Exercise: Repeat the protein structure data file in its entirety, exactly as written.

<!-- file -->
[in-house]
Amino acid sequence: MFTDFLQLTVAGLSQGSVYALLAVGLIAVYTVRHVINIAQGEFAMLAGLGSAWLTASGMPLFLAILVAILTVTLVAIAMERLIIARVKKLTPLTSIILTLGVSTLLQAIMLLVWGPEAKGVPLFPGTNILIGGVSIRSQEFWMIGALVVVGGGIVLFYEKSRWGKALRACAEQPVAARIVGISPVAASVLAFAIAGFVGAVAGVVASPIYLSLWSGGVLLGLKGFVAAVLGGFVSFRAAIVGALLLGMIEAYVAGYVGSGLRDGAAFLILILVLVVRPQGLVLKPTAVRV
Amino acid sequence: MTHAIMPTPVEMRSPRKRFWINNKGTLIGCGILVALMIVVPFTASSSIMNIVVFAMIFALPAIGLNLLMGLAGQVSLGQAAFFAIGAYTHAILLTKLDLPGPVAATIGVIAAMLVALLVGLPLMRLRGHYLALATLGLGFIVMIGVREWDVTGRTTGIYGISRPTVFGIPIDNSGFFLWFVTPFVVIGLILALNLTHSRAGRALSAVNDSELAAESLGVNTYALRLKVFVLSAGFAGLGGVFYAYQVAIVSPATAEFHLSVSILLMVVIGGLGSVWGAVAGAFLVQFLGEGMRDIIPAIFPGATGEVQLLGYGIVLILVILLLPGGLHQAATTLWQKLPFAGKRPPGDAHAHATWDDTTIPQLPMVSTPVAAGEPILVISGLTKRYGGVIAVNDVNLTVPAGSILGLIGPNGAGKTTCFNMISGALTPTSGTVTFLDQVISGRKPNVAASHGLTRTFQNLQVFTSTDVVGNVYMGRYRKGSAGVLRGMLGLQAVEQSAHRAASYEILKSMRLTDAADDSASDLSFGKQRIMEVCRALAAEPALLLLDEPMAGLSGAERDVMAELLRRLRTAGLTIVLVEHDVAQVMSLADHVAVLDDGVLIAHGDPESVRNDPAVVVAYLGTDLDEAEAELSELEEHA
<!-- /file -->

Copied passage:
[in-house]
Amino acid sequence: MFTDFLQLTVAGLSQGSVYALLAVGLIAVYTVRHVINIAQGEFAMLAGLGSAWLTASGMPLFLAILVAILTVTLVAIAMERLIIARVKKLTPLTSIILTLGVSTLLQAIMLLVWGPEAKGVPLFPGTNILIGGVSIRSQEFWMIGALVVVGGGIVLFYEKSRWGKALRACAEQPVAARIVGISPVAASVLAFAIAGFVGAVAGVVASPIYLSLWSGGVLLGLKGFVAAVLGGFVSFRAAIVGALLLGMIEAYVAGYVGSGLRDGAAFLILILVLVVRPQGLVLKPTAVRV
Amino acid sequence: MTHAIMPTPVEMRSPRKRFWINNKGTLIGCGILVALMIVVPFTASSSIMNIVVFAMIFALPAIGLNLLMGLAGQVSLGQAAFFAIGAYTHAILLTKLDLPGPVAATIGVIAAMLVALLVGLPLMRLRGHYLALATLGLGFIVMIGVREWDVTGRTTGIYGISRPTVFGIPIDNSGFFLWFVTPFVVIGLILALNLTHSRAGRALSAVNDSELAAESLGVNTYALRLKVFVLSAGFAGLGGVFYAYQVAIVSPATAEFHLSVSILLMVVIGGLGSVWGAVAGAFLVQFLGEGMRDIIPAIFPGATGEVQLLGYGIVLILVILLLPGGLHQAATTLWQKLPFAGKRPPGDAHAHATWDDTTIPQLPMVSTPVAAGEPILVISGLTKRYGGVIAVNDVNLTVPAGSILGLIGPNGAGKTTCFNMISGALTPTSGTVTFLDQVISGRKPNVAASHGLTRTFQNLQVFTSTDVVGNVYMGRYRKGSAGVLRGMLGLQAVEQSAHRAASYEILKSMRLTDAADDSASDLSFGKQRIMEVCRALAAEPALLLLDEPMAGLSGAERDVMAELLRRLRTAGLTIVLVEHDVAQVMSLADHVAVLDDGVLIAHGDPESVRNDPAVVVAYLGTDLDEAEAELSELEEHA